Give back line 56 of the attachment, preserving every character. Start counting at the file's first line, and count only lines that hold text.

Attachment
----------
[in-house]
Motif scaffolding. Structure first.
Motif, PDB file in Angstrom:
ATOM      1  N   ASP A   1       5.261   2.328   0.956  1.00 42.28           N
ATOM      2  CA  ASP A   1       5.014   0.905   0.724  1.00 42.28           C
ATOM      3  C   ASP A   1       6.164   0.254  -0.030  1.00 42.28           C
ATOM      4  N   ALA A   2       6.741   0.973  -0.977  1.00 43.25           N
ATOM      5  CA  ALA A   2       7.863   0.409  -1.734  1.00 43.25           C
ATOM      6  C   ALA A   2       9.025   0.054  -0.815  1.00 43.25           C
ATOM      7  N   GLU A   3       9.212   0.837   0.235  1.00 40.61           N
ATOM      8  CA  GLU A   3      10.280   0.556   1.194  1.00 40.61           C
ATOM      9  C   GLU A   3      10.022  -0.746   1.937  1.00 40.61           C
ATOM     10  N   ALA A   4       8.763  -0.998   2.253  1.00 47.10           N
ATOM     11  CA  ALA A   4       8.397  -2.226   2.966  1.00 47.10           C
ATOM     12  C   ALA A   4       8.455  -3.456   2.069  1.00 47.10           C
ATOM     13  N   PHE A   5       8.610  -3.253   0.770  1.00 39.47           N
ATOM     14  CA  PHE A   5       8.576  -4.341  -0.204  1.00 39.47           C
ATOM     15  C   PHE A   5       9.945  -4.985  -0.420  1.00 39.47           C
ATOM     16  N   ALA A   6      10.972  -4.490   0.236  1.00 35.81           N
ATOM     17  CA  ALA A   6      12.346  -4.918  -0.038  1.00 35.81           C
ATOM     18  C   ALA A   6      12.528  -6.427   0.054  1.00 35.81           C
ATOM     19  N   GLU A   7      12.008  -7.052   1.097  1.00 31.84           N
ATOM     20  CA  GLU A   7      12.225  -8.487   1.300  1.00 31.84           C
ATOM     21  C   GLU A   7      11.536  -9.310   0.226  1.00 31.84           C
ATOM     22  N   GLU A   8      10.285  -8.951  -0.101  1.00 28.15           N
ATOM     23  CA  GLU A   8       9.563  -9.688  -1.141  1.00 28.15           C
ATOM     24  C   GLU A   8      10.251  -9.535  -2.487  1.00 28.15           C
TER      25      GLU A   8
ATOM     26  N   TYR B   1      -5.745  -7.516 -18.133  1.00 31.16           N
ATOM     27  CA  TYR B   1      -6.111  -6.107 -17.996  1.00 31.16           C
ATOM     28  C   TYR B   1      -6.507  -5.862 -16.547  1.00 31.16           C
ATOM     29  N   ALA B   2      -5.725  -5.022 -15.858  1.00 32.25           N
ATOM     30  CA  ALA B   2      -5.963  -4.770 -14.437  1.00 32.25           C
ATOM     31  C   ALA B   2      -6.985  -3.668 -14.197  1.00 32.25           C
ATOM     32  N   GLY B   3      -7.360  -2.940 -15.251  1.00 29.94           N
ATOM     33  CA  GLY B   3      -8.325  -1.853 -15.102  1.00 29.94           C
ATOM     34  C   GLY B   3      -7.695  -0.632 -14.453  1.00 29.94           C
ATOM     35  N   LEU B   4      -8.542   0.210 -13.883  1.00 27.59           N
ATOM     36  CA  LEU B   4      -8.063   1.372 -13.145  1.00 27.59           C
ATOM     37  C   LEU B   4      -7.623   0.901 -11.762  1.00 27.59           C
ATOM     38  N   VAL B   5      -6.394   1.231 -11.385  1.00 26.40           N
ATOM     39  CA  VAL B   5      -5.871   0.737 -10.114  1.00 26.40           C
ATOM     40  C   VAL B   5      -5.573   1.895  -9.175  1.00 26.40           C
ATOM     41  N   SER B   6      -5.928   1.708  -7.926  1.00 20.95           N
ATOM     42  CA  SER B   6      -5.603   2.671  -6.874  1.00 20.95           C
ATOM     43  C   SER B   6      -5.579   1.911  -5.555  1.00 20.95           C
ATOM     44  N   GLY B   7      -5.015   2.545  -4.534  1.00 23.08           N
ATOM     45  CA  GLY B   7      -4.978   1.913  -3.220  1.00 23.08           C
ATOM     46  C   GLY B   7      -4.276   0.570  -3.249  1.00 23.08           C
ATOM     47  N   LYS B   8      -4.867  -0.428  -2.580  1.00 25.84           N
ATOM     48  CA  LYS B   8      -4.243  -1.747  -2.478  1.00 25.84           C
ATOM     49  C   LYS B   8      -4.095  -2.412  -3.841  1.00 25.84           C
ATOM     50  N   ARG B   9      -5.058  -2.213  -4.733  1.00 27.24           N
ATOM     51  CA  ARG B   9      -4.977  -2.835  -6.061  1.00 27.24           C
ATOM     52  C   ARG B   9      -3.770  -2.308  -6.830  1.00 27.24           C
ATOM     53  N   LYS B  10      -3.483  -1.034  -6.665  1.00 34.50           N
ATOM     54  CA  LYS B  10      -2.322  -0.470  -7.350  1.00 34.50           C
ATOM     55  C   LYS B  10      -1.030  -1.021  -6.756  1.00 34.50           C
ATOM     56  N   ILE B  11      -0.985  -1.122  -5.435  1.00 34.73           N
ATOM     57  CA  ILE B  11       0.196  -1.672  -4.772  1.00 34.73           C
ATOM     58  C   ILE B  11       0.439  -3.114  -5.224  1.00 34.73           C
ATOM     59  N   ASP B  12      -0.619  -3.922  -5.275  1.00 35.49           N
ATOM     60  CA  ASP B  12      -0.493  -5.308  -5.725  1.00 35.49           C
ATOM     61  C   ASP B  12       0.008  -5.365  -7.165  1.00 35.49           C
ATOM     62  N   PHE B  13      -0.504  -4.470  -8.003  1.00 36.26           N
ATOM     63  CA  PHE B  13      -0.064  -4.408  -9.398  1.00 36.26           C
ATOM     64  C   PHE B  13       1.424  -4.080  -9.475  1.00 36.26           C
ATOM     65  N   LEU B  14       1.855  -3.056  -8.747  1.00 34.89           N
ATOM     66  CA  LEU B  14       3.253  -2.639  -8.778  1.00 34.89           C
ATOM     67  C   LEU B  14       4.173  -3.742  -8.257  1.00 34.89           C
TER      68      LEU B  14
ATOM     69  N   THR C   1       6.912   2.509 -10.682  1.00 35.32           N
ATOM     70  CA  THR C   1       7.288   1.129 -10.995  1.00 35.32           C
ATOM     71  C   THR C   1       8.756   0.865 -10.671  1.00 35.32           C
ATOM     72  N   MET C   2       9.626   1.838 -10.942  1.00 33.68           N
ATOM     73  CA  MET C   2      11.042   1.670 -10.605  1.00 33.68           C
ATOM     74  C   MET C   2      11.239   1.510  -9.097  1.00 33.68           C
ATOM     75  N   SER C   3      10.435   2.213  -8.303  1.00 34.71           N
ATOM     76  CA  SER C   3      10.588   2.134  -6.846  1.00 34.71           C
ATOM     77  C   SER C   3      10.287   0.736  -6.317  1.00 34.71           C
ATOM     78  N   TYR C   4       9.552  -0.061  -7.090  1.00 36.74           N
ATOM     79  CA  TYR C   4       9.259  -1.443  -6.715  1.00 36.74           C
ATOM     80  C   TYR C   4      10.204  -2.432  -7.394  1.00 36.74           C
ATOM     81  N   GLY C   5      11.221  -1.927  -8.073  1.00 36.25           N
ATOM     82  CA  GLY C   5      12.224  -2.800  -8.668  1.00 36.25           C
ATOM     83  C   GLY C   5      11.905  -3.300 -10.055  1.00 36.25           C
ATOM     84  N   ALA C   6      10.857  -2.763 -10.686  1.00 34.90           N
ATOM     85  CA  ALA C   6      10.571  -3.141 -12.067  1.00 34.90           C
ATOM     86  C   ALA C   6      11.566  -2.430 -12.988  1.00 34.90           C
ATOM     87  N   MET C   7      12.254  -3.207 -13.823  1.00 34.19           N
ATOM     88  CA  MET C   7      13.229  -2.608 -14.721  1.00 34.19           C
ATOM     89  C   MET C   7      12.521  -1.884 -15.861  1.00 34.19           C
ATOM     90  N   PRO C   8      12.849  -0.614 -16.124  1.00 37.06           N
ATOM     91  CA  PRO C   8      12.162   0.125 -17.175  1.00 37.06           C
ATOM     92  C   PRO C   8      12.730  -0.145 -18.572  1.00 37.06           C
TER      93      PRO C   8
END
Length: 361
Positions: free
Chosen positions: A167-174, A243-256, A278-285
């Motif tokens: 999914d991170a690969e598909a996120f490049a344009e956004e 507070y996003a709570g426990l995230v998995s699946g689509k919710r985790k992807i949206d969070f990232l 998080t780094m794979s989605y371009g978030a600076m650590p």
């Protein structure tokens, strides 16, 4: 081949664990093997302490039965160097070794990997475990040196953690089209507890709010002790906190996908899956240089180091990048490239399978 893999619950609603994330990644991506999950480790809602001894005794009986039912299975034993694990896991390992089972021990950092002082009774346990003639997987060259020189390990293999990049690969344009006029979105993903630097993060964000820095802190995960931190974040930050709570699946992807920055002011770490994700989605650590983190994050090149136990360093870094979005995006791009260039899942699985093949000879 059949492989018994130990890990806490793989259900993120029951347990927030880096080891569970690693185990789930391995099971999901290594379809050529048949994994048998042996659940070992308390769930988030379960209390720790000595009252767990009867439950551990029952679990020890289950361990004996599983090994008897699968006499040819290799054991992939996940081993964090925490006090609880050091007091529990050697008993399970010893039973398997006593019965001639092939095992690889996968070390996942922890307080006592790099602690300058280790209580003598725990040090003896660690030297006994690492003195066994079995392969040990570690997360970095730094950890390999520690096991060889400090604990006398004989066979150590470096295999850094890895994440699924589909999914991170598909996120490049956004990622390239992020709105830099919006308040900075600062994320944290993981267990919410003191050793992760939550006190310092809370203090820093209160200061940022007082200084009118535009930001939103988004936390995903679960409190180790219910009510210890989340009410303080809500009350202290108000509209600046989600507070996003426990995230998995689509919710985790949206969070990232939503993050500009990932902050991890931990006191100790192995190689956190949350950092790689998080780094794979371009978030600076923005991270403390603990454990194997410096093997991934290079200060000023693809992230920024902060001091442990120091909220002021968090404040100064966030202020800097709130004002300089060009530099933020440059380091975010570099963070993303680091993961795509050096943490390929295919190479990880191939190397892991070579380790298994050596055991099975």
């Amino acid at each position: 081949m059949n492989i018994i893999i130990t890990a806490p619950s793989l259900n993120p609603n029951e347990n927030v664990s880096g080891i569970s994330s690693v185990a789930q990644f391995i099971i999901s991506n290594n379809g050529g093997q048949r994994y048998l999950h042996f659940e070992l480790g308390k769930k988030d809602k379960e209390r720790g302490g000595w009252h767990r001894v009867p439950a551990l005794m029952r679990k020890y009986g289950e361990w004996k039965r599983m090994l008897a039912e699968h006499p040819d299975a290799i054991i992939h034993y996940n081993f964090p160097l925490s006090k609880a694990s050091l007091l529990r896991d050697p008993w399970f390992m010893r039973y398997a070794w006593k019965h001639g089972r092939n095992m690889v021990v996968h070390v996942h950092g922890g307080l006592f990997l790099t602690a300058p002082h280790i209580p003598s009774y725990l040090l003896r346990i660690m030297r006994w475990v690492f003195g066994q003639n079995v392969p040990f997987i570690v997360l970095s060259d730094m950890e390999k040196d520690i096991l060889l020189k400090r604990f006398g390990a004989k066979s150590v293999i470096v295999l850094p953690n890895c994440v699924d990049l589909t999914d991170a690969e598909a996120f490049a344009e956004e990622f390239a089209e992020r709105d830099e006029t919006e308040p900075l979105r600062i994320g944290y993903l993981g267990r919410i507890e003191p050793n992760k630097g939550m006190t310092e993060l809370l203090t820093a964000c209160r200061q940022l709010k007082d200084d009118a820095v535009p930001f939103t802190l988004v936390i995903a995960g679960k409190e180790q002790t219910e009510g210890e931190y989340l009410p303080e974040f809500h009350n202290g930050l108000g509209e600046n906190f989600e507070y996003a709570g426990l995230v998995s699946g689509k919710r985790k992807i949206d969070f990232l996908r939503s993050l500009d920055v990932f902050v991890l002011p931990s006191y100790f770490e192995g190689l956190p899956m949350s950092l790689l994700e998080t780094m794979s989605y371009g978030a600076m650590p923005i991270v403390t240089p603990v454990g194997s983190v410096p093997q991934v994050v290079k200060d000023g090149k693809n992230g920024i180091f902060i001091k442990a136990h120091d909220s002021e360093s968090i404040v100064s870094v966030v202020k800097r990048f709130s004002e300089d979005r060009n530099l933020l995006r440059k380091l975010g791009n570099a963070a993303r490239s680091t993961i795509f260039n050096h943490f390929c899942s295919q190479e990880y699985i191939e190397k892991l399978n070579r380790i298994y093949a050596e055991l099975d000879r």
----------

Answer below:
ATOM     53  N   LYS B  10      -3.483  -1.034  -6.665  1.00 34.50           N